Surgery remains the primary curative-intent treatment for eligible patients with early-stage non-small cell lung cancer (NSCLC). However, a significant number of patients experience tumour recurrence after surgery, with perioperative chemotherapy only modestly improving these results. Recently published in The New England Journal of Medicine, the results of the phase III AEGEAN trial showed that combining perioperative durvalumab plus neoadjuvant chemotherapy led to improved clinical outcomes in these patients, compared to neoadjuvant chemotherapy alone.1
Lung cancer is the leading cause of cancer-related death worldwide, with non-small cell lung cancer (NSCLC) accounting for over 80% of cases. Surgery remains the primary curative-intent treatment for eligible patients with early-stage NSCLC. However, a significant number of patients experience tumour recurrence within five years after surgery (approximately 30-55%, depending on the disease stage at diagnosis). Chemotherapy administered in the neoadjuvant or adjuvant period offers only a modest 5% improvement in 5-year survival, as compared with surgery alone. The combination of immunotherapy with chemotherapy in the perioperative setting may improve the outcomes of these patients.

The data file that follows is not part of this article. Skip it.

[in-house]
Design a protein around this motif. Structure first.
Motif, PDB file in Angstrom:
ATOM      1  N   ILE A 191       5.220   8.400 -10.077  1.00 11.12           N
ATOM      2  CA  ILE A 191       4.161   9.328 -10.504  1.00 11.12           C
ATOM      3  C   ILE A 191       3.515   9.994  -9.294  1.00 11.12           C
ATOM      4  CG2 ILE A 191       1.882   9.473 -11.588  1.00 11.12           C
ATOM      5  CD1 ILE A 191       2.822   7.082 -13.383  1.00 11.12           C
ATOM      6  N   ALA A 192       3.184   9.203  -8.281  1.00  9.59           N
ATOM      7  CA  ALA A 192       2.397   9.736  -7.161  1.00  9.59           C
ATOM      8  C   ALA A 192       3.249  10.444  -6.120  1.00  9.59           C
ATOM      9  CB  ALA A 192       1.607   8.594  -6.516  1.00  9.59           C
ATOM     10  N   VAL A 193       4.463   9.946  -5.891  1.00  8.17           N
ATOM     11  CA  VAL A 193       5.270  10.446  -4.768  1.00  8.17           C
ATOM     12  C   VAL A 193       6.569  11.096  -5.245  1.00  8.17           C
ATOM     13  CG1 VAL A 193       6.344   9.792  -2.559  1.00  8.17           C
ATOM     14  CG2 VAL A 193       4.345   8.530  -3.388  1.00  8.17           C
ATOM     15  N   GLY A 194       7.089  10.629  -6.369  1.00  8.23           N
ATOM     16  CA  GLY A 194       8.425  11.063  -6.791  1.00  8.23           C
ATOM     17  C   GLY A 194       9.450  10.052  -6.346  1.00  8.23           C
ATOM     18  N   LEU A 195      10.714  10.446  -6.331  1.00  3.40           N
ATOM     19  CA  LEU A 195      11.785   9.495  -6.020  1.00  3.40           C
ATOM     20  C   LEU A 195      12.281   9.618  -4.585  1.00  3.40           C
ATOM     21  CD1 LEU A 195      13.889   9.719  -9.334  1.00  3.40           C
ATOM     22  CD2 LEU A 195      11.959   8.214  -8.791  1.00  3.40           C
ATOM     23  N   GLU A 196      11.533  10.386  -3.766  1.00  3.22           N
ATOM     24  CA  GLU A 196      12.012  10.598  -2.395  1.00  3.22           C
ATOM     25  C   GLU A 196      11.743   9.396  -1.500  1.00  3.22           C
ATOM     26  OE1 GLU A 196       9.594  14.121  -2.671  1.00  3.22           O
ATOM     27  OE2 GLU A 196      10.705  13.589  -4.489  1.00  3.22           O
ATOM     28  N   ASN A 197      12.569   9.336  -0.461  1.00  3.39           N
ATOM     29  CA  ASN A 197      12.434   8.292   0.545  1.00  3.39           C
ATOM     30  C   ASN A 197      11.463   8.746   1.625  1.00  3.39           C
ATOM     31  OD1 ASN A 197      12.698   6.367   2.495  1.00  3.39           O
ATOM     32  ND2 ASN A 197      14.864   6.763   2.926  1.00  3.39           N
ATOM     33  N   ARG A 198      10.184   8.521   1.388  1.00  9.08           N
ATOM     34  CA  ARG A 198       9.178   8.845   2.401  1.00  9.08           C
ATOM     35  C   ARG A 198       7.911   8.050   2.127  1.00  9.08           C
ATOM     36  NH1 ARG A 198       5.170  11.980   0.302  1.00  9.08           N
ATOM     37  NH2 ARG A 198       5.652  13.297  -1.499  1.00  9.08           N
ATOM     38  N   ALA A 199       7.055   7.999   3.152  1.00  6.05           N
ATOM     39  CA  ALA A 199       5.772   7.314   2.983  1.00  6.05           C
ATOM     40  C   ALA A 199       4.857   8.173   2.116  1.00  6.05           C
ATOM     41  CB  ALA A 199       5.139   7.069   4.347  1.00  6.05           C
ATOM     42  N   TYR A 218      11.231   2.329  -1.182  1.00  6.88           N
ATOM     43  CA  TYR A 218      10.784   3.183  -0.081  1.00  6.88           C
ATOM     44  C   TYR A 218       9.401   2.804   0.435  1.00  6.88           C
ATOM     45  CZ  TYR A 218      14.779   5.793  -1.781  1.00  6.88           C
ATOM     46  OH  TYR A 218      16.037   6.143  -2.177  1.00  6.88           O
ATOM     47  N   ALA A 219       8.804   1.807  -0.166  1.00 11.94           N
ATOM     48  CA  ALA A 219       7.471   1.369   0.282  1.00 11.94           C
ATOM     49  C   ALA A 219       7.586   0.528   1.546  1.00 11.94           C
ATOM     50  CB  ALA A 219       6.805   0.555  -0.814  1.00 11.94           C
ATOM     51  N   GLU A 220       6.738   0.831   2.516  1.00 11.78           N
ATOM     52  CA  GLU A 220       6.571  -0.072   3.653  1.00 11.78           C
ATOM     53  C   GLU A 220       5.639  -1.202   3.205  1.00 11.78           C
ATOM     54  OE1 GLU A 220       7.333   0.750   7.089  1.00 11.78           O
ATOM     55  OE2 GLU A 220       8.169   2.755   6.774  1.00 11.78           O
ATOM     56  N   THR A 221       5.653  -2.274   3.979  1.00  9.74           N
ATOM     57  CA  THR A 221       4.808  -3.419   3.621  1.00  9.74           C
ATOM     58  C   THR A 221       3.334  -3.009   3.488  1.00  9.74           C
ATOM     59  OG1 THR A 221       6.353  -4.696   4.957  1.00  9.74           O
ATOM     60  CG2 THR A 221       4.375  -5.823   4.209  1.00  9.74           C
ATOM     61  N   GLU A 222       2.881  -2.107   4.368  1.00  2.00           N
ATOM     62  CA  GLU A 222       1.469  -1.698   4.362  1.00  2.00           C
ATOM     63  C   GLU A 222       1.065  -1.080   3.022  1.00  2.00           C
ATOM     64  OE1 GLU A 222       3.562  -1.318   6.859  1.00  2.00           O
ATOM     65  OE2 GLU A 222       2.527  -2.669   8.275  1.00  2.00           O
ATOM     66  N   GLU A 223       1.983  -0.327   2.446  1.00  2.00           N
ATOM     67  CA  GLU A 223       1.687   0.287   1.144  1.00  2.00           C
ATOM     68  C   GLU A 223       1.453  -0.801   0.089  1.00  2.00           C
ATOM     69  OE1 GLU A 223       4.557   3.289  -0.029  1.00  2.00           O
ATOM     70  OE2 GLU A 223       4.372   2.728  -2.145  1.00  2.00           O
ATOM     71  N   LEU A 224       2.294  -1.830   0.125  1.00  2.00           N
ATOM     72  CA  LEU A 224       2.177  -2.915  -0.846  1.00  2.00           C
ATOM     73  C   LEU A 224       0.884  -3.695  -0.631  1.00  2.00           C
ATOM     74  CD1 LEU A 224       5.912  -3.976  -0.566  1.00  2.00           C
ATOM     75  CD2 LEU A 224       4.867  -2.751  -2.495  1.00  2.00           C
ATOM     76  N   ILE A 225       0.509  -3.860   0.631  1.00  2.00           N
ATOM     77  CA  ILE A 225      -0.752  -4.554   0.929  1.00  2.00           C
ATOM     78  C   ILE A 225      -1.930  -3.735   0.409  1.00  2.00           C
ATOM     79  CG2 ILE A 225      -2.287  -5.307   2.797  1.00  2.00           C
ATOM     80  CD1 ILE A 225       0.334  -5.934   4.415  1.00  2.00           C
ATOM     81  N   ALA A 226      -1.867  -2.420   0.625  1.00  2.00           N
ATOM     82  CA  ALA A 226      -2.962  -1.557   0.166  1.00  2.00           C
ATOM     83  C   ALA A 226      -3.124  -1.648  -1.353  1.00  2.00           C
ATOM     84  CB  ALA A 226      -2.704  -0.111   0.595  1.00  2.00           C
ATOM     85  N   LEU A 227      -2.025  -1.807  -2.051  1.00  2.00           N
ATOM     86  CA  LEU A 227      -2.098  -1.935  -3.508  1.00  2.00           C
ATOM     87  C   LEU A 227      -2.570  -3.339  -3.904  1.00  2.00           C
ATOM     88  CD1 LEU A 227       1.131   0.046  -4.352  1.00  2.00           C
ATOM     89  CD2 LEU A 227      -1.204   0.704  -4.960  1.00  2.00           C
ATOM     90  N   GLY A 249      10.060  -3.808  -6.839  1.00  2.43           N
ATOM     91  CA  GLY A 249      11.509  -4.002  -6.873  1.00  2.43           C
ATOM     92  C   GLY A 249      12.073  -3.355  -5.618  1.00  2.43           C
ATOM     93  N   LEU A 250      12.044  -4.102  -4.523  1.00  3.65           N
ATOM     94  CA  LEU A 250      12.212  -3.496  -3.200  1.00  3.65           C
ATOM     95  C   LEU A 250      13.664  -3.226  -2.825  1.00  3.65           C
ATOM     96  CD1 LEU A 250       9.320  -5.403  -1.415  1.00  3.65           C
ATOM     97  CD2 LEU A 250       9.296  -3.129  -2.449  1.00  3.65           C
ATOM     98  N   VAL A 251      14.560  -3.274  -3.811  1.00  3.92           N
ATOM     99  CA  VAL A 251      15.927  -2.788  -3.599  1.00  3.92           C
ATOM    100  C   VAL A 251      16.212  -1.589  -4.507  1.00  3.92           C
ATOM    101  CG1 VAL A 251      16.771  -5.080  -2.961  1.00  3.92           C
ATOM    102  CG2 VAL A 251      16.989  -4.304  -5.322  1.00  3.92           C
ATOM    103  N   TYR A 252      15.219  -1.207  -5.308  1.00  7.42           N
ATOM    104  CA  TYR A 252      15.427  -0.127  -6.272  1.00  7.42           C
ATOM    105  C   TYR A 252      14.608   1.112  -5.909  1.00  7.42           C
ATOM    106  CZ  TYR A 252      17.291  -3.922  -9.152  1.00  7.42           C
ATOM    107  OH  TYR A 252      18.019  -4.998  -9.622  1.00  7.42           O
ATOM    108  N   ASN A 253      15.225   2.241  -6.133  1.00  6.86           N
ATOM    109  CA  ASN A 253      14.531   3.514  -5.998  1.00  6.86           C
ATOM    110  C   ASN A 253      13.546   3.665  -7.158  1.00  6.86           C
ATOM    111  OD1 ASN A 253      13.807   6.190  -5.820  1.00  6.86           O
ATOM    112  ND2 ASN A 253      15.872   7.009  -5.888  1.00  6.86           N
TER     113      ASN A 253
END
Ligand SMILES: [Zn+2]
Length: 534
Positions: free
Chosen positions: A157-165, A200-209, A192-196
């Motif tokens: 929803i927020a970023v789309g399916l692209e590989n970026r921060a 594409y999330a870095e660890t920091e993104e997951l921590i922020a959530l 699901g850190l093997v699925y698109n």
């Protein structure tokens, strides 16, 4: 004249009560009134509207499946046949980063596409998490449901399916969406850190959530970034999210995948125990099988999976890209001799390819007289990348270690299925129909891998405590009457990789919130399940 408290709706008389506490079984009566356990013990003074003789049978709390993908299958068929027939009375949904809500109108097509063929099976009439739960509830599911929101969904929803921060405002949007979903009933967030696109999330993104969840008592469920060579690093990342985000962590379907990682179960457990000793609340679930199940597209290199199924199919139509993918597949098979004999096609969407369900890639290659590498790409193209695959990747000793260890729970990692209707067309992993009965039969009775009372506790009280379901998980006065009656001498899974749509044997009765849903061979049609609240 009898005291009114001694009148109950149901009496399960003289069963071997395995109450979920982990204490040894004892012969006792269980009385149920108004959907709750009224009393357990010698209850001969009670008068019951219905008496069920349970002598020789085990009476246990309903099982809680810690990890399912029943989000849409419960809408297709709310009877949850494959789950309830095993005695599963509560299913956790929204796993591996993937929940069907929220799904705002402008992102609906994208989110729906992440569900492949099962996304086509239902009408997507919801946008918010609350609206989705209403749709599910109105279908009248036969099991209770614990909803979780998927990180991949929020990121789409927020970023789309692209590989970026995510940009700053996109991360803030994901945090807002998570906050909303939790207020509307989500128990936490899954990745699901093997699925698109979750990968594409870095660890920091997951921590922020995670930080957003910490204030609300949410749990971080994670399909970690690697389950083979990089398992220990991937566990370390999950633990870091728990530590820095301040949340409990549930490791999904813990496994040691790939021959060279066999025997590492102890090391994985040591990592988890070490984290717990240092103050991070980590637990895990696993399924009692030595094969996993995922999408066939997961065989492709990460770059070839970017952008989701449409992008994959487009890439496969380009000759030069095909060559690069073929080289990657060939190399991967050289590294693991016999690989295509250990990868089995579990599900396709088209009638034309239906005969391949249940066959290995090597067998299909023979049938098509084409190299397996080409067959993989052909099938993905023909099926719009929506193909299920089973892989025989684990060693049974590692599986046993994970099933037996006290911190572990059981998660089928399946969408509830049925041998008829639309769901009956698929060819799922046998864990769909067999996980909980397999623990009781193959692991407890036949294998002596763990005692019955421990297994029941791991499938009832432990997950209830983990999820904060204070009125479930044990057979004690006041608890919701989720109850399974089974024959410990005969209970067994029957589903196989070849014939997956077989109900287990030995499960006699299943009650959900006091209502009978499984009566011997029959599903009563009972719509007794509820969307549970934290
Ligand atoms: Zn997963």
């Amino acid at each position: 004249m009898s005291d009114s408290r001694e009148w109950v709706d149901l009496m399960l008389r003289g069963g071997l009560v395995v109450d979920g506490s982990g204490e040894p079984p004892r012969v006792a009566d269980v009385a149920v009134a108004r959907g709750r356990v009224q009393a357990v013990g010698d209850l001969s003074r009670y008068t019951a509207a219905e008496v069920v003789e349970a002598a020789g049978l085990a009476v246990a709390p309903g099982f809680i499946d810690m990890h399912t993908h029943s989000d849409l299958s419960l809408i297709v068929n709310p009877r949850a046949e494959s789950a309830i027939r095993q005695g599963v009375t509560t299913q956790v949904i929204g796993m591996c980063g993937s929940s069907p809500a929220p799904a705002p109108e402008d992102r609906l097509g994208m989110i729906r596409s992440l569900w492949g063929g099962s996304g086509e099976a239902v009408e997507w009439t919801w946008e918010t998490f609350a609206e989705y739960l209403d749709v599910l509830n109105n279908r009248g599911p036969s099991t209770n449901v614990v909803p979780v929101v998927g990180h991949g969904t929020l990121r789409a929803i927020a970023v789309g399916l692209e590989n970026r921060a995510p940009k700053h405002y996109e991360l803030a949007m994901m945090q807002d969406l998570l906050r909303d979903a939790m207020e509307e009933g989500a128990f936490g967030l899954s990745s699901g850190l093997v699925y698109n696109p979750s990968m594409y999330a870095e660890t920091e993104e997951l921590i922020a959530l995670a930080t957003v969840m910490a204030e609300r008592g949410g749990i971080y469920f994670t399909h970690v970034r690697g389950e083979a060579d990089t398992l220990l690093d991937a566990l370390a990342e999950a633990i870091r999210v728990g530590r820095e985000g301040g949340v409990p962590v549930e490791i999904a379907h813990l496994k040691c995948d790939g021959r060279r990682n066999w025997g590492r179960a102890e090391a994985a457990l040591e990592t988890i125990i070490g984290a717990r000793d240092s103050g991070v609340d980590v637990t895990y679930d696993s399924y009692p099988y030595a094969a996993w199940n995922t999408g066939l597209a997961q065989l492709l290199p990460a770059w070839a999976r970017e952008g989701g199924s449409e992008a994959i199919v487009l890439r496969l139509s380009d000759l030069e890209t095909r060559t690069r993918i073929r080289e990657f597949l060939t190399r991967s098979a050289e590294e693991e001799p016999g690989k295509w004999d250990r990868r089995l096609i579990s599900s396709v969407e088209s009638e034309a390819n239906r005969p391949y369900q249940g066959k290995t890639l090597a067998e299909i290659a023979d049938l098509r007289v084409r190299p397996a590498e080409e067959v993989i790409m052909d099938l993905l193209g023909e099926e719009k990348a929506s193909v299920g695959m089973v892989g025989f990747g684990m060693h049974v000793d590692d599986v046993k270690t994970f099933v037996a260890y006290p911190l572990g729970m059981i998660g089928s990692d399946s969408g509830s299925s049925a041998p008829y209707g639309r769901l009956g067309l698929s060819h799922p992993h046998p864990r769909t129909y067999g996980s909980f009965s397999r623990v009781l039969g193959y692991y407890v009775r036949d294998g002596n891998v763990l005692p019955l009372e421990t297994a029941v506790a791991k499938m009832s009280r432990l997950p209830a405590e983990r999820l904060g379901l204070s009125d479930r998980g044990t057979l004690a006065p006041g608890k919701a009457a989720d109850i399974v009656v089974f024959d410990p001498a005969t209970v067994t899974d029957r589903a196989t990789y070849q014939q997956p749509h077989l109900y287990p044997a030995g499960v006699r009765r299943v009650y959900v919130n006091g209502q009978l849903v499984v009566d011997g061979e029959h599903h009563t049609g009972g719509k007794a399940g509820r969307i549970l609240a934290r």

The phase III AEGEAN study is a randomised, double-blind, placebo-controlled, multi-centre international study assessing the activity of durvalumab plus chemotherapy administered prior to surgery, compared to placebo plus chemotherapy, in terms of pathological complete response.2
Patients with resectable NSCLC (stage II-IIIB [N2 node stage] according to the 8th edition of the AJCC Cancer Staging Manual) were randomly assigned to receive platinum-based chemotherapy plus durvalumab or placebo administered intravenously every three weeks for four cycles before surgery, followed by adjuvant durvalumab or placebo intravenously every four weeks for twelve cycles. Primary endpoints were event-free survival (EFS, defined as the time to the earliest occurrence of progressive disease that precluded surgery or prevented completion of surgery, disease recurrence [assessed in a blinded fashion by independent central review], or death by any cause) and pathological complete response (pCR).
A total of 802 patients were randomly assigned to receive durvalumab (n=400) or placebo (n=402). The duration of EFS was significantly longer with durvalumab than with placebo (HR[95%CI]:0.68[0.53 to 0.88; P=0.004) at the first interim analysis. At the 12-month landmark analysis, EFS rates were reported at 73.4% vs. 64.5% in the durvalumab and placebo groups, respectively. The incidence of pCR was significantly higher with durvalumab than with placebo (17.2% vs. 4.3% at the final analysis; p<0.001). Remarkably, the EFS and PCR benefits were observed regardless of stage and PD-L1 expression. Adverse events of maximum grade 3 or 4 occurred in 42.4% of patients with durvalumab and in 43.2% of patients with placebo.
In patients with resectable NSCLC, perioperative durvalumab plus neoadjuvant chemotherapy was associated with significantly improved EFS and pCR compared to neoadjuvant chemotherapy alone, with a safety profile that was consistent with the individual agents.1
2. ClinicalTrials.gov ID NCT03800134. A Phase III, Double-blind, Placebo-controlled, Multi-center International Study of Neoadjuvant/Adjuvant Durvalumab for the Treatment of Patients With Resectable Stages II and III Non-small Cell Lung Cancer (AEGEAN). Accessed on 7 November 2023.